Hives, also known as urticaria, are a series of raised, red, itchy rashes that can occur as part of an allergic reaction. Not all allergies result in hives, but at least 20% of the U.S. population will experience a hives attack at least once in their lifetime. Although unpleasant, hives rarely last longer than a few days and there are further methods you can use to speed recovery and prevent reoccurrence.
What Causes Hives?
When your body is in the middle of an immune response it will produce a compound called histamine. Histamine is sent to the affected site and increases the permeability of the area’s capillaries.
If a pathogen is present, this process helps by making it easier for white blood cells to enter the affected site and destroy invaders. However, allergies are cases where an immune response is triggered without a pathogen being present. As a result, the histamine ends up causing the capillaries to leak instead. This fluid accumulates under the skin and forms the rash known as hives.
Everyone’s immune system is different and what triggers hives in one person won’t necessarily do the same in another even if that person shares the same allergy. However, common causes of hive outbreaks include:
- Insect bites or stings
- Certain medications like NSAIDs or certain blood pressure drugs.
- Animal dander
- Certain herbal supplements
- Environmental factors like sunlight, water, physical pressure, or sweat (these are not as common as other causes)
- Certain underlying medical conditions affecting the immune system
- Idiopathic (unknown cause). About half of all hives cases do not have their trigger discovered
Symptoms and Duration of Hives
Hives appear as a series of pink or red circular swellings, called wheals, which appear on the skin. They can be very tiny, up to several inches in diameter, and can also be extremely itchy. Wheals typically occur in groups along the face or extremities but can appear anywhere on the body including the tongue, lips, or ears. In the case of a contact allergen, they will often appear in the same location the allergen made contact but can end up spreading. Hives will be frequently itchy and in some cases will also burn or sting.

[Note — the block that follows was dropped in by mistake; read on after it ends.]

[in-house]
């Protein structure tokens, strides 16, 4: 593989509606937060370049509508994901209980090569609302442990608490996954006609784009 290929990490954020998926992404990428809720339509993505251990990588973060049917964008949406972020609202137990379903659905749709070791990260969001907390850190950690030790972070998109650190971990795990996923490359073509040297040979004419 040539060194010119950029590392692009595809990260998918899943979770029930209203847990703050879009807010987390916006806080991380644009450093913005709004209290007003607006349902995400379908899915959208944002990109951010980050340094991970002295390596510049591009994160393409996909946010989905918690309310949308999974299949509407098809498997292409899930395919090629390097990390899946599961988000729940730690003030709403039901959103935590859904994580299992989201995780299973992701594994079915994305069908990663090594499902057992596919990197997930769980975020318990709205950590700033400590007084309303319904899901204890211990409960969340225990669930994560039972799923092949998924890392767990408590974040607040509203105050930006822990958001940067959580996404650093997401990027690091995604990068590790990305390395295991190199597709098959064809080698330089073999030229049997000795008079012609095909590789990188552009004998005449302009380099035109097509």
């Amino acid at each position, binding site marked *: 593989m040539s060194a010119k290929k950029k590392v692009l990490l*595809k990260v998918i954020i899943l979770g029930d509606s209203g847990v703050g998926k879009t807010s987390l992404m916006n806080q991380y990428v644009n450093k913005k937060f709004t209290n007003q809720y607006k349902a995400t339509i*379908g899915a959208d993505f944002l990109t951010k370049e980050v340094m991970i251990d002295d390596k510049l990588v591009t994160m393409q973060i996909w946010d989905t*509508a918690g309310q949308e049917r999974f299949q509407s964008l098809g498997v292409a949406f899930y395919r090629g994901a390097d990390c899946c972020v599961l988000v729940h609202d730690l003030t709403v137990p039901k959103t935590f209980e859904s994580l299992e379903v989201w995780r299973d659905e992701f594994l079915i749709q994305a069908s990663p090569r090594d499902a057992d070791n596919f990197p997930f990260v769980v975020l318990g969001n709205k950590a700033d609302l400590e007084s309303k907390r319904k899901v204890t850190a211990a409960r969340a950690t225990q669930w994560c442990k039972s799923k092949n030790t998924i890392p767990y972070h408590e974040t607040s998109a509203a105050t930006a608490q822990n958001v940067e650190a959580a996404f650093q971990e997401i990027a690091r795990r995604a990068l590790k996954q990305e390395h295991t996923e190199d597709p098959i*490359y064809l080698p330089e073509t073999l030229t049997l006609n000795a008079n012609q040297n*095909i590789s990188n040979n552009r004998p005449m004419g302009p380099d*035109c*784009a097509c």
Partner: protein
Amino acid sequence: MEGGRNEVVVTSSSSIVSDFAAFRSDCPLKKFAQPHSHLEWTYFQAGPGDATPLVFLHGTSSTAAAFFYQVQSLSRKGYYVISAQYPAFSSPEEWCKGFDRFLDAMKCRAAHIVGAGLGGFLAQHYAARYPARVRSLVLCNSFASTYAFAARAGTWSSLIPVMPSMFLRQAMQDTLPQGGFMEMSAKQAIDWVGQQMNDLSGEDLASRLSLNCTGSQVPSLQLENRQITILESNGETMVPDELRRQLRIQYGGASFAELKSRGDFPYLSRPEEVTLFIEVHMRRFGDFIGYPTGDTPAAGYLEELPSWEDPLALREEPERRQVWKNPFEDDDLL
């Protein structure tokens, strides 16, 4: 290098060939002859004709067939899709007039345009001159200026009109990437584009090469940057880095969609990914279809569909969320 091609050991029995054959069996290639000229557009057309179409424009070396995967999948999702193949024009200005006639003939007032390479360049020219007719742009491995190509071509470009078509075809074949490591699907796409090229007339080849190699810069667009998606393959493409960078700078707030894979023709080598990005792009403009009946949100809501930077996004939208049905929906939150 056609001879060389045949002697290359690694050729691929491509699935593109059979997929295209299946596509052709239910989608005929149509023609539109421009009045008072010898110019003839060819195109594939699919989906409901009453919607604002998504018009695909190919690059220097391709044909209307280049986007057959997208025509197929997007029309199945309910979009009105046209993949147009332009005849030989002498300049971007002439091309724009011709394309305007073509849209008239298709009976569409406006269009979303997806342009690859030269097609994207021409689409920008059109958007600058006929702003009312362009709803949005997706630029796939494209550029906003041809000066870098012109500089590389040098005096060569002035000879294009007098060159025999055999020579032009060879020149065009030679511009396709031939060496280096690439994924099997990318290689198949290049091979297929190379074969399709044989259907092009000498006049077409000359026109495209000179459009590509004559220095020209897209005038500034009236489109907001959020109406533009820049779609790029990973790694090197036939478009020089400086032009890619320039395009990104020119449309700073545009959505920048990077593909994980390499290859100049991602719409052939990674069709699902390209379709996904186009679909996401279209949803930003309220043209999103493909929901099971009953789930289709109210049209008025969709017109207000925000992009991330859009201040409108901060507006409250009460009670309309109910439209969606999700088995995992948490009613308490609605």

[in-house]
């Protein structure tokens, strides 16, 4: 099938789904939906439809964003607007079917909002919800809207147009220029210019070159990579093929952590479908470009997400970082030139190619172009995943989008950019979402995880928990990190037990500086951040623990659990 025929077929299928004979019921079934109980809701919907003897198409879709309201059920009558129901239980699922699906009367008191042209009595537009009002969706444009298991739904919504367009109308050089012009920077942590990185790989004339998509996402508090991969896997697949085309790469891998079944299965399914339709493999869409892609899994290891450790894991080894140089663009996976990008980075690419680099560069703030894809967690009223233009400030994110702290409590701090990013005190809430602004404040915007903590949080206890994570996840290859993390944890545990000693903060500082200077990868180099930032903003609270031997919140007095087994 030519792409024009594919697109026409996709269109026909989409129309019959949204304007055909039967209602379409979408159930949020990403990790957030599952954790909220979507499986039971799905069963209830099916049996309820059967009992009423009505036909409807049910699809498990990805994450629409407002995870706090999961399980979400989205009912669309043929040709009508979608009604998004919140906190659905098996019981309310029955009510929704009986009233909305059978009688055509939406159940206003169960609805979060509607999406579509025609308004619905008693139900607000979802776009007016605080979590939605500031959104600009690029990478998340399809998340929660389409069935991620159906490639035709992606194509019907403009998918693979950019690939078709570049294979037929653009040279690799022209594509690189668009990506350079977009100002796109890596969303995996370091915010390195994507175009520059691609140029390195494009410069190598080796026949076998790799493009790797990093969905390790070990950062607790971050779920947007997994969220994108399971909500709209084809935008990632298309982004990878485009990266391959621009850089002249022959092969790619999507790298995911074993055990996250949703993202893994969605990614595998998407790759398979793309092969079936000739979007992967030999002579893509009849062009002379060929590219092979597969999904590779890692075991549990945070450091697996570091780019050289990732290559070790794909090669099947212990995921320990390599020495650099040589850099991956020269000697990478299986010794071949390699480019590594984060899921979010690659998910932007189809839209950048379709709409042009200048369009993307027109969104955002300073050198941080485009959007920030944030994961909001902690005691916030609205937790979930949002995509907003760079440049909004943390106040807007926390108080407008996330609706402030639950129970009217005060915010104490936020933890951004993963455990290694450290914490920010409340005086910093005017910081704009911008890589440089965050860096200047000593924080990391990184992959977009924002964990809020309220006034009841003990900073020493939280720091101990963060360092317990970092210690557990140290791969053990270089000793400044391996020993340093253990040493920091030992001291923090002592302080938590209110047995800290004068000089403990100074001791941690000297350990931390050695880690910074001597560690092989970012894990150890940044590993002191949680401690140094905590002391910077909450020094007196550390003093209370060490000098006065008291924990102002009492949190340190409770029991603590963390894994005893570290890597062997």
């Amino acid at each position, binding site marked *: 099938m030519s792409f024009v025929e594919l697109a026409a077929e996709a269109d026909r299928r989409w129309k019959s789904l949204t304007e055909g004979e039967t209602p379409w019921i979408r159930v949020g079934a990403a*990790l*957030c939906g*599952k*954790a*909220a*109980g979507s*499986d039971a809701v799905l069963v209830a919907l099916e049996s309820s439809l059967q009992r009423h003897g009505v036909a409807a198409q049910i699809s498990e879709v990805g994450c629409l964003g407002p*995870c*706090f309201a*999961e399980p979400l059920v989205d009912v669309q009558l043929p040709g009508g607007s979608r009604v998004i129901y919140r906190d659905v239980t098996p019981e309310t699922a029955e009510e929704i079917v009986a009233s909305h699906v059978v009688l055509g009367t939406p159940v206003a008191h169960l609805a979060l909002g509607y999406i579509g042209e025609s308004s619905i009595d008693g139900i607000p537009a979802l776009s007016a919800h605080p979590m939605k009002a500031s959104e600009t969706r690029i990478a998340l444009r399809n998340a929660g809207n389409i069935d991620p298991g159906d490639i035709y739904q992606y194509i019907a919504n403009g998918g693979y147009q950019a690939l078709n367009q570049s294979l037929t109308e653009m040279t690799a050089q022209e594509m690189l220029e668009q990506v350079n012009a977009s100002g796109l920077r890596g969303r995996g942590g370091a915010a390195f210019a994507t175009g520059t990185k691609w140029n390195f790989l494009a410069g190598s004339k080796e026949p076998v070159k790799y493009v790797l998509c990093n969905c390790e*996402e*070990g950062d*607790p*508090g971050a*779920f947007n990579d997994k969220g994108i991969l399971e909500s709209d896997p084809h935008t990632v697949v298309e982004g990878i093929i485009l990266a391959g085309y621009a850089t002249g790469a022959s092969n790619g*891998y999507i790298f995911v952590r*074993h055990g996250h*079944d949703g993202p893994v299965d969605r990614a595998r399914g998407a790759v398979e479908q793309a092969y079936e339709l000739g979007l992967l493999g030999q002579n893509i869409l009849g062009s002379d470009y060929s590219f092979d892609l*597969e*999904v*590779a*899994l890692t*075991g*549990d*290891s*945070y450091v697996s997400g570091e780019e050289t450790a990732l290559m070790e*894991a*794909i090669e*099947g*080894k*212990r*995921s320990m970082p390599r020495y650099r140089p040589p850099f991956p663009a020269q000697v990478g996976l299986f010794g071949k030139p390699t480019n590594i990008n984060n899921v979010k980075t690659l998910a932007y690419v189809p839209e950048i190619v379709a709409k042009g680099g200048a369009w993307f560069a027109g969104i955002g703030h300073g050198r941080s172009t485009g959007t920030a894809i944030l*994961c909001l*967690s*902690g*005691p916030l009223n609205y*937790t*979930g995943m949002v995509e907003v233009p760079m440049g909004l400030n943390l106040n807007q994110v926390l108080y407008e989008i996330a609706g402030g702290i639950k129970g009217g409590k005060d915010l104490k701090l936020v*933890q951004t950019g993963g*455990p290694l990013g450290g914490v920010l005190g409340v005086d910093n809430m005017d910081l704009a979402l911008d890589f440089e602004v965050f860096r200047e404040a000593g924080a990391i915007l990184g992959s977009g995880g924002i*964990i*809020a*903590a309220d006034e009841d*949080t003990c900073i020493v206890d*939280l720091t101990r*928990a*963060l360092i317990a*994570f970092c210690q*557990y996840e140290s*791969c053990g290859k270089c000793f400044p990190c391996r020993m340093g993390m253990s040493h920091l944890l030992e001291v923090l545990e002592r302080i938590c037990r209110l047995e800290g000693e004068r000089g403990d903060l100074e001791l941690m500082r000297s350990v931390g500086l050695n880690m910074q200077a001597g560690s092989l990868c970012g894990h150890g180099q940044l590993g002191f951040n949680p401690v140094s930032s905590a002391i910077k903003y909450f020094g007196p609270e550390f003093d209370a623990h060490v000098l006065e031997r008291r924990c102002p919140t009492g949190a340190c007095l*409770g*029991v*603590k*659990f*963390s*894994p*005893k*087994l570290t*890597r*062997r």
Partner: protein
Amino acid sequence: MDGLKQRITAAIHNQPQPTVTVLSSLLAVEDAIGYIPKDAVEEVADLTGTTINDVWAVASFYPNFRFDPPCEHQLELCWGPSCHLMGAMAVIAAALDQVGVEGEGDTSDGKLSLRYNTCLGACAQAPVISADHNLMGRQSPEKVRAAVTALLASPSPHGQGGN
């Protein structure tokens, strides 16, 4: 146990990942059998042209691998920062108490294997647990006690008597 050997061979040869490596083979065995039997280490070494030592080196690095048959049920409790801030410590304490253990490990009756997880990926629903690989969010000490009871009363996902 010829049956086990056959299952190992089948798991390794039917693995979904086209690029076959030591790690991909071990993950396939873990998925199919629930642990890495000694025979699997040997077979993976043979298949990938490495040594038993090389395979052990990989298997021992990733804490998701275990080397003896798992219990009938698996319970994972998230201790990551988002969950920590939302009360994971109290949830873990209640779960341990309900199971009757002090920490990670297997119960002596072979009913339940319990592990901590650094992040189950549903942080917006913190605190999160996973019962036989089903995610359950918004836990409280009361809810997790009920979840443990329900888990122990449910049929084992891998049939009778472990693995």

Most cases of hives will last roughly 48 hours before fading though some reactions have been known to persist for longer. If a case of hives lasts more than six weeks, the condition is considered chronic and means that there is likely an underlying immune disorder such as lupus or a thyroid disease. Roughly one in every 1,000 people with hives experience a chronic reaction.
Hives (Urticaria) Complications
About a quarter of people with hives experience what is known as angioedema, which is a form of swelling in the lower layers of the skin. The symptoms of angioedema are similar to hives and the two conditions can occur simultaneously or separately. Angioedema reactions often happen on the face, specifically around the eyes, cheeks, or lips but are also known to appear on the hands, feet, or throat. It presents itself as very large, thick, swollen, red welts that feel warm to the touch.